There are banks and ATMs throughout Havana and at the airport. HOWEVER. Although many other travel blogs and forum threads will suggest MasterCard is a viable option it REALLY isn’t. Cuba is monopolised by Visa. At the time of our visit (October 2015) there was just one bank and one hotel in which one could withdraw funds using MasterCard, and these were both shut due to internet and power outages for 4 out of the 5 days of our stay. Our faux pas of bringing 5 MasterCard’s between 3 Aussies forced us into luxurious penury: living at the Hotel Nacional where we could charge all of our meals to a growing MasterCard bill for the duration of our stay and yet remain cash broke!

This post mentions the MasterCard situation as of November 2017 it states that the situation is still reasonably MasterCard unfriendly in Cuba due to many merchants not being able to afford the infrastructure of taking payments via MasterCard. Other than ensuring you have a Visa card also ensure you withdraw plenty of cash. Paying by card in most bars and restaurants is uncommon, even if they have signs saying they can accept this payment type. Again this is due to constant power and internet outages.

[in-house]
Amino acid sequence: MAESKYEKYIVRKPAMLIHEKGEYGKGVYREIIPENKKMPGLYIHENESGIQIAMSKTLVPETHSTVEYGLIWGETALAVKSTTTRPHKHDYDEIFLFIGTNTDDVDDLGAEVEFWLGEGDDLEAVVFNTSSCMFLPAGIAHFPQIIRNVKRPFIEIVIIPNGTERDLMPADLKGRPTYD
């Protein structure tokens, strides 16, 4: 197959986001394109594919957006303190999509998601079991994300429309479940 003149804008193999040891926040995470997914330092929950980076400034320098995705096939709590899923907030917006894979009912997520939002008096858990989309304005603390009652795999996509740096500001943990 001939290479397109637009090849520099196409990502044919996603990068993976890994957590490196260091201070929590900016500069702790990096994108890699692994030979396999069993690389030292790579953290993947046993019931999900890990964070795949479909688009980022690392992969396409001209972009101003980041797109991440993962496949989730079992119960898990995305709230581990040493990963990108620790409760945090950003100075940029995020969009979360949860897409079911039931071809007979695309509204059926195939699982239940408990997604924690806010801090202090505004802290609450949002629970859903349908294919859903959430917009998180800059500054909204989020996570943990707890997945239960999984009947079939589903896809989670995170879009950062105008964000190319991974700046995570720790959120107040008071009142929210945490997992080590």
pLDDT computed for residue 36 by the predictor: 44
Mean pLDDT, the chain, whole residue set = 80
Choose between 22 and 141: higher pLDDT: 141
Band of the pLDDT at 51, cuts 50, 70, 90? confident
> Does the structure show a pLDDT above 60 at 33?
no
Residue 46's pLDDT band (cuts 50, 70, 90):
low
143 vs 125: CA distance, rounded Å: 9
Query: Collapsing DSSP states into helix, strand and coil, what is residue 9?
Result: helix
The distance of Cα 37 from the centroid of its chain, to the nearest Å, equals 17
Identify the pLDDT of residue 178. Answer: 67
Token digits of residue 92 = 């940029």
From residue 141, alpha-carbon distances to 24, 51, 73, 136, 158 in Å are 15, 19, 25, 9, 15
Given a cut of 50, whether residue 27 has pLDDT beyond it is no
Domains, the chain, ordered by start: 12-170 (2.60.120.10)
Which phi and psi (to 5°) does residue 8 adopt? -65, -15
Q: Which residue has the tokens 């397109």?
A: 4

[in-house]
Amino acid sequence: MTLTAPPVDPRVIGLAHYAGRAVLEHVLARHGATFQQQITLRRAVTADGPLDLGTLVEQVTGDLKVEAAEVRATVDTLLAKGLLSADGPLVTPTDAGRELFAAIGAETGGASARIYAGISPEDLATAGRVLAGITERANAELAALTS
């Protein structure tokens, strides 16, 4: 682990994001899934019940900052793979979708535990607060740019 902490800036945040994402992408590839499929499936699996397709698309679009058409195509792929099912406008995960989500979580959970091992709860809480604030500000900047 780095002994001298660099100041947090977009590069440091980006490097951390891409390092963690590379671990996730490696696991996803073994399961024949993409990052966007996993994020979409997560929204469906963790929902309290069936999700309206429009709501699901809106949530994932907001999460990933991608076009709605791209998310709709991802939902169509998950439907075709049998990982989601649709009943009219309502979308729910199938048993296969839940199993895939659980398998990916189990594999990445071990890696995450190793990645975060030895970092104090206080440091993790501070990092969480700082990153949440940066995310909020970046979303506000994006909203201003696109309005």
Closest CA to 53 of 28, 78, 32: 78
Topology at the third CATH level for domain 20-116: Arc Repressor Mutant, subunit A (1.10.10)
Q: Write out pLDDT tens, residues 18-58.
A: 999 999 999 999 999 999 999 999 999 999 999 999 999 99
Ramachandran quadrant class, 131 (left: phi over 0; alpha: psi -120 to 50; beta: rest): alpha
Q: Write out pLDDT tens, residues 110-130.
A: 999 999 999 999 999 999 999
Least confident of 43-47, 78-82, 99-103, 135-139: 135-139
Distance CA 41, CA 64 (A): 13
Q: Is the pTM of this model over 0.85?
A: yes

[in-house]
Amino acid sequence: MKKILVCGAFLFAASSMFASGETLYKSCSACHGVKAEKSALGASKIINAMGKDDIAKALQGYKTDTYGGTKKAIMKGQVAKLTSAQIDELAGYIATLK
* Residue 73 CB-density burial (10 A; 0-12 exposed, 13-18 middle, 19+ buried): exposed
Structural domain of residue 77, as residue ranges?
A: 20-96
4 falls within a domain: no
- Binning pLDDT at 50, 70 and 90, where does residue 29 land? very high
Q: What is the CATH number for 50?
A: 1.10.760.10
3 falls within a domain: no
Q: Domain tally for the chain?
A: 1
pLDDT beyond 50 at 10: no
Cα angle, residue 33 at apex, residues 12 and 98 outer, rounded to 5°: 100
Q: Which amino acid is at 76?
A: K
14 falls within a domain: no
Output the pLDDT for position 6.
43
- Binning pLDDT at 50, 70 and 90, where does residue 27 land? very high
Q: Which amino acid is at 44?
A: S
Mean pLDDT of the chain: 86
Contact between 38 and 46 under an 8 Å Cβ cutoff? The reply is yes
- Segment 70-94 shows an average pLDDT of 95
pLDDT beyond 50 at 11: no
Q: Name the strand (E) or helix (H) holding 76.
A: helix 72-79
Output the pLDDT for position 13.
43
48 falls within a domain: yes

Australians Travelling to Cuba – Top Tip 3: When to Travel to Cuba

Australians travelling to Cuba should take note of the annual hurricane season

Although we travelled to Cuba during hurricane season (October) we had no problems and only caught a few overcast days. Photo: the streets of the beach town Trinidad on Cuba’s southern coast.

Cuba has a tropical climate with a dual season weather pattern. There is a wet season from May to October and a dry season from November to April. The wet season weather can be very humid. Cuba also has maximum temperatures over 30C most days too, and plenty of sunshine hours. This makes it an awesome destination year round but for much of it by day, you can expect to be sweaty! During the dry season the tropical heat and humidity is tempered by trade winds. The best month to visit Cuba is touted as being April. If you are planning on getting out beyond Havana to some of Cuba’s beaches be aware that there is also a hurricane season in Cuba: officially July to mid-November the most affected months are September and October. We visited the beach at Trinidad, Cuba in mid-October and had no issues other than some windy and overcast days. We spent a week in Cuba and this was enough to see most of Havana in 4 days and spend 3 days in the seaside town of Trinidad. We both agree we could spend SO MUCH longer there though! Our tip: take your time, explore slowly and just soak it up!